The Centers for Disease Control suggests that community coalitions identify temporary shelter sites to coordinate staffing, services and supplies. You may also need to provide shelter for the most vulnerable victims, such as homeless and transient populations. 

Per the CDC guidelines, include the following in your response plan: 

  • When designated shelters fill up, identity overflow sites to increase capacity;
  • Isolation sites such as mobile privacy shelters for those testing positive for COVID-19 or another epidemic/pandemic condition;
  • Quarantine sites for people waiting to be tested including tents that accommodate vehicle traffic; and
  • Protective housing for confirmed cases with the highest risk of severe symptoms.

For optimal conditions, mobile testing facilities should separate patients with severe symptoms while they wait for transport to hospitals and other medical facilities. Containment cubes make this possible and accommodate the need for patient separation and medical assistance. The temperature controlled environment reduces the chance of cross-contamination. Additionally, mobile containment cubes work well as overflow cubes in hospitals and medical clinics as well. 

Offering Convenient and Safe Options

Fabric buildings and portable tents are in high demand when there's an epidemic or pandemic, such as the flu or COVID-19. When the need arises, these structures can be quickly assembled and easily anchored to a variety of outdoor spaces.

Tentcraft manufactures various fabric buildings and portable tents that can be used for screening purposes. Many of those could be used in the medical field as a medical screening tent, containment tent, surge tent, and triage tent.

Hospitals and large businesses can use fabric temporary buildings for a variety of purposes during a triage, natural disaster or pandemic situation.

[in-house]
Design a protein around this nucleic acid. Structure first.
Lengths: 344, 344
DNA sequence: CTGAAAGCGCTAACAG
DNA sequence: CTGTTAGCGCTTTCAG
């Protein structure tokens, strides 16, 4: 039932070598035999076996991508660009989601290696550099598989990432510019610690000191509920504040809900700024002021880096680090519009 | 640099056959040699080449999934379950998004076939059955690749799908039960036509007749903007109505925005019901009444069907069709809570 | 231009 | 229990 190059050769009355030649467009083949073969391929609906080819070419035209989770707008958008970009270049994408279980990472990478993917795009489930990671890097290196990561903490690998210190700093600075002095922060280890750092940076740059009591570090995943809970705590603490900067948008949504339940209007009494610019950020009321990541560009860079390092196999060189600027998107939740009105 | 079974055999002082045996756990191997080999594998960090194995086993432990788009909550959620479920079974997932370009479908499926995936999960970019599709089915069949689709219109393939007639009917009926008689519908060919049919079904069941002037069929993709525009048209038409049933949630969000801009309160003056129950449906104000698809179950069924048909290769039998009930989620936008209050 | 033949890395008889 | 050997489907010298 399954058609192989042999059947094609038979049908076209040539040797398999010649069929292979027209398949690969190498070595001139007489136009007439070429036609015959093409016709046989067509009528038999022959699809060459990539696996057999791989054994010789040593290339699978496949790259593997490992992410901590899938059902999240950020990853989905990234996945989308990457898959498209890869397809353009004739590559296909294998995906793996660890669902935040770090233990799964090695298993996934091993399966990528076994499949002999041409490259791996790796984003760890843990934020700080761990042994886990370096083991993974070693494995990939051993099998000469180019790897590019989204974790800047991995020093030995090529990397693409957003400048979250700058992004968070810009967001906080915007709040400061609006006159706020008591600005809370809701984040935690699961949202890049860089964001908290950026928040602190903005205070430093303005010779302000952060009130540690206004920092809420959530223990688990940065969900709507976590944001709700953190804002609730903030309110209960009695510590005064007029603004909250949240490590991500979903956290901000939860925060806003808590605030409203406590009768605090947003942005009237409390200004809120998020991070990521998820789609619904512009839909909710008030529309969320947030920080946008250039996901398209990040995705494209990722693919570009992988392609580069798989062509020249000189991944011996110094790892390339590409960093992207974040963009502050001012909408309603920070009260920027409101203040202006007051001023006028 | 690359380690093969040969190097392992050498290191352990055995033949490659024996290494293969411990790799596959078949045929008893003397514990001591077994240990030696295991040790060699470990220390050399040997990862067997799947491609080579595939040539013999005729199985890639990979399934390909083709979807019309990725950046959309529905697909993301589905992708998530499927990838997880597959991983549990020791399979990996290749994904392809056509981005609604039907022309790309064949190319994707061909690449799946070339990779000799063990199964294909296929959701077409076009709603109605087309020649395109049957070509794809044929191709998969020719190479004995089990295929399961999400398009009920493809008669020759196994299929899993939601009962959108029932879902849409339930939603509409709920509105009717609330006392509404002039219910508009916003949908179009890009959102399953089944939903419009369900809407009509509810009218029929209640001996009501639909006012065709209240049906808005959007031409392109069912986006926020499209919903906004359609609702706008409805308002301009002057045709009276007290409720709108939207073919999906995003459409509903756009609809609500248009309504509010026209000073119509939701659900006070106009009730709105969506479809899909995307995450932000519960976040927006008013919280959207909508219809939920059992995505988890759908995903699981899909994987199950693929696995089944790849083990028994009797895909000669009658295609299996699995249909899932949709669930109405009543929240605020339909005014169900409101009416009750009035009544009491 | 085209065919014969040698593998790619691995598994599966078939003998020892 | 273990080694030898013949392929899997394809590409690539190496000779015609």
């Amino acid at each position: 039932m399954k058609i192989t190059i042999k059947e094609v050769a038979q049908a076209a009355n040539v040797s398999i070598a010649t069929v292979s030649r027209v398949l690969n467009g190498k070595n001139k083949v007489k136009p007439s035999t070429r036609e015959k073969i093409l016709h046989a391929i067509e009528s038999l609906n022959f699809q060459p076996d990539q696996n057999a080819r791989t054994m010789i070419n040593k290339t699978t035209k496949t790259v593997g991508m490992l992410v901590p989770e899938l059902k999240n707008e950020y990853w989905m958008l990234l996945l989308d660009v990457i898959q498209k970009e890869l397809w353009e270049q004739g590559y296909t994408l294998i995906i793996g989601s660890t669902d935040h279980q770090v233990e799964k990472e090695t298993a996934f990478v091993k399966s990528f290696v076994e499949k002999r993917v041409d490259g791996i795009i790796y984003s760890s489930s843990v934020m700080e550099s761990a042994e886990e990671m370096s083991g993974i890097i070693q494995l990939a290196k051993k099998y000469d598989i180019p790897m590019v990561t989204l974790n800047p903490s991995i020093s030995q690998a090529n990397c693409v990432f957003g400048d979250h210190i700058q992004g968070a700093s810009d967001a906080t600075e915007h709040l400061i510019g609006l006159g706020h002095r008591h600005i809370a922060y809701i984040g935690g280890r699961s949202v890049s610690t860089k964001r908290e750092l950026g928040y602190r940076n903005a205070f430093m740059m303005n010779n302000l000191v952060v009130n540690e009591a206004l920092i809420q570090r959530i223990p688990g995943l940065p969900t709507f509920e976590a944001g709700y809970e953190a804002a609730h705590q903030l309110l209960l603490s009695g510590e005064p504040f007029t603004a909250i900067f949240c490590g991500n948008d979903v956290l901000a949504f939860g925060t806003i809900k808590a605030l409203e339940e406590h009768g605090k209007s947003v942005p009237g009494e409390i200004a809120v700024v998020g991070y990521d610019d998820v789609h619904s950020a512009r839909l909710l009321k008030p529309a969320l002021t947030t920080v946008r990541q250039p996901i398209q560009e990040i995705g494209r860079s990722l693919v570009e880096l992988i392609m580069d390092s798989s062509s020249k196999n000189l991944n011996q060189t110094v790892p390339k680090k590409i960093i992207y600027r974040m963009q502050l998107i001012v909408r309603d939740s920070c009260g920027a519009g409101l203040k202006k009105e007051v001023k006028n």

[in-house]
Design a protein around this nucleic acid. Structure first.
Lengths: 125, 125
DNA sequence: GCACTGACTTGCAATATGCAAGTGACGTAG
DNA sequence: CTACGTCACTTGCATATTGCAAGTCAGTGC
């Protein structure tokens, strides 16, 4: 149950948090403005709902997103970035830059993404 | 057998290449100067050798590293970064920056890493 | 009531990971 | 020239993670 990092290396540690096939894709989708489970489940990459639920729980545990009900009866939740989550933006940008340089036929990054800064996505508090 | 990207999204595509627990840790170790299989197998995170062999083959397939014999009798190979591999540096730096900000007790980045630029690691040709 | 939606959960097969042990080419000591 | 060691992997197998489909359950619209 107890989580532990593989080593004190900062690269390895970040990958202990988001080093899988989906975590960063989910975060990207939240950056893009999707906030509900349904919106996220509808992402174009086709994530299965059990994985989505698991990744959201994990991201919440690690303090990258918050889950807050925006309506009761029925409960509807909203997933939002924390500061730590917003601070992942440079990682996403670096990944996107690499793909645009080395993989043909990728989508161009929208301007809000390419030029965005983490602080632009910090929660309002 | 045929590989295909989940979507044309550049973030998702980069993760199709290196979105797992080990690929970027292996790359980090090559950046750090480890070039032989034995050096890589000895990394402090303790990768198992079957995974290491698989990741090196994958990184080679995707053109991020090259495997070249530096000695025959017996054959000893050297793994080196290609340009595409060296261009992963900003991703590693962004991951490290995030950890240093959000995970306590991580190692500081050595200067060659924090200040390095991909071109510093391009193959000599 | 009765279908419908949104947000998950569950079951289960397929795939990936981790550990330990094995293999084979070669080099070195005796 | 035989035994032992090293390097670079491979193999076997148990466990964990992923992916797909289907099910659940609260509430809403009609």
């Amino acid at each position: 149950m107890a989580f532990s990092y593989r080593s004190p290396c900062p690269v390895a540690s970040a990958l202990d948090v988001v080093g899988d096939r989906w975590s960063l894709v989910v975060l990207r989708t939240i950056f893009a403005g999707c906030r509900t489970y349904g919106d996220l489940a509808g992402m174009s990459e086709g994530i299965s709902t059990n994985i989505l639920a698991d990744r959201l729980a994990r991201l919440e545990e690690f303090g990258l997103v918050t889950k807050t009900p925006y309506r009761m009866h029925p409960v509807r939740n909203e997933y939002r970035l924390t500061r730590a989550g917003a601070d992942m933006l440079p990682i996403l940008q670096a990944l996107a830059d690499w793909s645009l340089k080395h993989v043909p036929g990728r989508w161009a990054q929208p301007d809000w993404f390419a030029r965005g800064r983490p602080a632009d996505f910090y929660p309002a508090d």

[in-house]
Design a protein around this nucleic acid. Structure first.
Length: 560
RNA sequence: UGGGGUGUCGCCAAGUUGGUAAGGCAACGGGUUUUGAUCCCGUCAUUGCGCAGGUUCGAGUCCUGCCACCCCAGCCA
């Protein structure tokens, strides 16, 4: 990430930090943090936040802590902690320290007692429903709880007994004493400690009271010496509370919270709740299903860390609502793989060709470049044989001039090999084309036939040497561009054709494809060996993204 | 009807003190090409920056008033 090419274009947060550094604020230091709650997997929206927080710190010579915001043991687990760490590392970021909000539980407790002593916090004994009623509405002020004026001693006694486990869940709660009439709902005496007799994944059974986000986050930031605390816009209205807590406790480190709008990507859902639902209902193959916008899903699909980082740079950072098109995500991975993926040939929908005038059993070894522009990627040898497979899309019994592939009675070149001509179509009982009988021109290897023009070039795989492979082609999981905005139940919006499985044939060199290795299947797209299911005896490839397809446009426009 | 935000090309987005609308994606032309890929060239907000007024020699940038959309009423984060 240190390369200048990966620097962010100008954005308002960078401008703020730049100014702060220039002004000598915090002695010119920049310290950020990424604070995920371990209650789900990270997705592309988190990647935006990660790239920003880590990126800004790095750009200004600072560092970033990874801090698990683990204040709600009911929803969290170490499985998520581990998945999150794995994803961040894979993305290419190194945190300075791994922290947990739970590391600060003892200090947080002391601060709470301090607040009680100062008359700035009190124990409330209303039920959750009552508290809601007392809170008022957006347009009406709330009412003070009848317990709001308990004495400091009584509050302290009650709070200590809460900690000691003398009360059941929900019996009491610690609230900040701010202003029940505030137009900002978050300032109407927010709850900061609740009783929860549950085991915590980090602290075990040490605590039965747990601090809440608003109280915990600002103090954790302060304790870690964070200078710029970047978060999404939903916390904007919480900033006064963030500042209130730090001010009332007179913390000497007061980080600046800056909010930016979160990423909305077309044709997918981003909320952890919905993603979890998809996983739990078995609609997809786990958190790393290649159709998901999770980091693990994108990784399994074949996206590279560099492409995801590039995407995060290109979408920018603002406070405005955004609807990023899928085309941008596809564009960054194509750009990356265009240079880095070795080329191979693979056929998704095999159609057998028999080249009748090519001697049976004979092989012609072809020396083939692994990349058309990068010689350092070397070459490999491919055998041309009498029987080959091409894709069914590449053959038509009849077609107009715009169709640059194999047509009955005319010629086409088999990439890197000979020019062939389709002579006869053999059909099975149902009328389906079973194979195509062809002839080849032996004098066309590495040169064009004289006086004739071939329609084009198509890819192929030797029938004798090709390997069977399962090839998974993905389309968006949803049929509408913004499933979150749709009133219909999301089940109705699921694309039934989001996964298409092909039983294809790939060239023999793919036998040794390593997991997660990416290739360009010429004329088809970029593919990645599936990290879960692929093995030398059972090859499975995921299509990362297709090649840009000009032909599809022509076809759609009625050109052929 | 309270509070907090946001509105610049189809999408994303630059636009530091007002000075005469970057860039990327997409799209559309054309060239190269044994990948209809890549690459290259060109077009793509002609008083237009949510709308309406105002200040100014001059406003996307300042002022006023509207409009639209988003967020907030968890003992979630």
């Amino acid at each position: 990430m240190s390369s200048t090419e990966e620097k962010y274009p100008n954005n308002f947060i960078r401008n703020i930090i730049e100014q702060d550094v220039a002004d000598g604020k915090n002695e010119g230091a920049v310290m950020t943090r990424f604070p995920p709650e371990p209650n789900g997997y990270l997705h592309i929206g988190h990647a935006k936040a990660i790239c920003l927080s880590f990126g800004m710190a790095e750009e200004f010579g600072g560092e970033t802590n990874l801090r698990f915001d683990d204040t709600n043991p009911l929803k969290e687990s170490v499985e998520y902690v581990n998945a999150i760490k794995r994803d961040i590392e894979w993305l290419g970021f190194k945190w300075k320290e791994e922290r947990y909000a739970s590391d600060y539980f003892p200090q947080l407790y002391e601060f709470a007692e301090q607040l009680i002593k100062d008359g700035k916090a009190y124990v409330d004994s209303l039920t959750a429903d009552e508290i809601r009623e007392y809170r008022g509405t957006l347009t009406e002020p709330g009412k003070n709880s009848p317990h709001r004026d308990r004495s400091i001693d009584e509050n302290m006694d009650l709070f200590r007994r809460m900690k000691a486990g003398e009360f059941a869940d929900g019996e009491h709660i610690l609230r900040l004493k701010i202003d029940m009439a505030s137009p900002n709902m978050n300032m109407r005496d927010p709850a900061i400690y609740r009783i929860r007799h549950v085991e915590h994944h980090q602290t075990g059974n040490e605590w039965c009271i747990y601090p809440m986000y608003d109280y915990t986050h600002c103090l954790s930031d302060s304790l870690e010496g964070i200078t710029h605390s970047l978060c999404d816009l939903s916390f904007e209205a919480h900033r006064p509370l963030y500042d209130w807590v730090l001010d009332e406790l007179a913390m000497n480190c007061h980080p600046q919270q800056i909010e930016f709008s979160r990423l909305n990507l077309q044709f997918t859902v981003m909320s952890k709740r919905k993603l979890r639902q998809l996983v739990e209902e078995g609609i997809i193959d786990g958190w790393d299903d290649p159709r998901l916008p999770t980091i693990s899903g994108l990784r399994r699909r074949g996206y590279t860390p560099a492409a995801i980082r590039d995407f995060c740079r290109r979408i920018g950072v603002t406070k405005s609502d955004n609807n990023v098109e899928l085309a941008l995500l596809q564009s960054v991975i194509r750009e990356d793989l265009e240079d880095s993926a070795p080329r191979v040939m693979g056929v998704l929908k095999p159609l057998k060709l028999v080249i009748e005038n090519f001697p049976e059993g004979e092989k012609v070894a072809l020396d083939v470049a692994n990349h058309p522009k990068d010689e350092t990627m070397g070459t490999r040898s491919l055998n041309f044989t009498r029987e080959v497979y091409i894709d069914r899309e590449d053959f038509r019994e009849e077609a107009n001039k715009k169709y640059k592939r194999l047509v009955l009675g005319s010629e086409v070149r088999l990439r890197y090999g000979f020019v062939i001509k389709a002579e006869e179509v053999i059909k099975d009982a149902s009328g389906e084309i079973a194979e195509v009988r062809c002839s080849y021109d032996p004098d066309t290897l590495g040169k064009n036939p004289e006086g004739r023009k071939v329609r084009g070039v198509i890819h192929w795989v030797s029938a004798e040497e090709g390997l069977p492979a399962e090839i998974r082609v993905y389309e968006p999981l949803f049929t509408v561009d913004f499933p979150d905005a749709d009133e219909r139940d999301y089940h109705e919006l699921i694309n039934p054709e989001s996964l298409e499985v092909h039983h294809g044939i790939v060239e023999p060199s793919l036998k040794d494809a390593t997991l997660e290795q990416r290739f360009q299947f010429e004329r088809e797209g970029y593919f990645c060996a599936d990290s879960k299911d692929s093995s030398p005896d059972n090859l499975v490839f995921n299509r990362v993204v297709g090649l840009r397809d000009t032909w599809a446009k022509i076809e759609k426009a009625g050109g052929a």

Here are just a few examples of how large frame tents with or without plastic windows can facilitate testing or patient treatment in an emergency:

  • Check-in Areas: Use enclosed tents and temporary buildings as check-in areas for emergency room patients. Initial screenings can help officials determine where to send each patient.
  • Overflow Waiting Room Space: Surge tents can serve as a waiting area when a large number of people seek help at once. Containment tents reinforce social distancing and help avoid spreading illness.
  • Triage Staging Areas: These tents and buildings can also be used as staging areas where triage personnel can assemble and wait for necessary information. Also, they can be used to store whatever medical equipment and supplies will be needed at a moment's notice.
  • Patient Isolation Areas: Fabric containment buildings can isolate those with an infectious disease from those who are uninfected. Infection control mobile panels can help protect individual patients from those next to them.

Containment tents, triage shelter kits and mobile privacy shelters are just some of the products you can use to convert your business building or overflow site into a safe testing site or treatment center. Provide the protection your employees deserve and assist medical professionals and first responders in a disaster with products designed for the job.

For help ensuring that your business is ready for anything contact Connecting Elements today. We have offices in both North Carolina and South Carolina.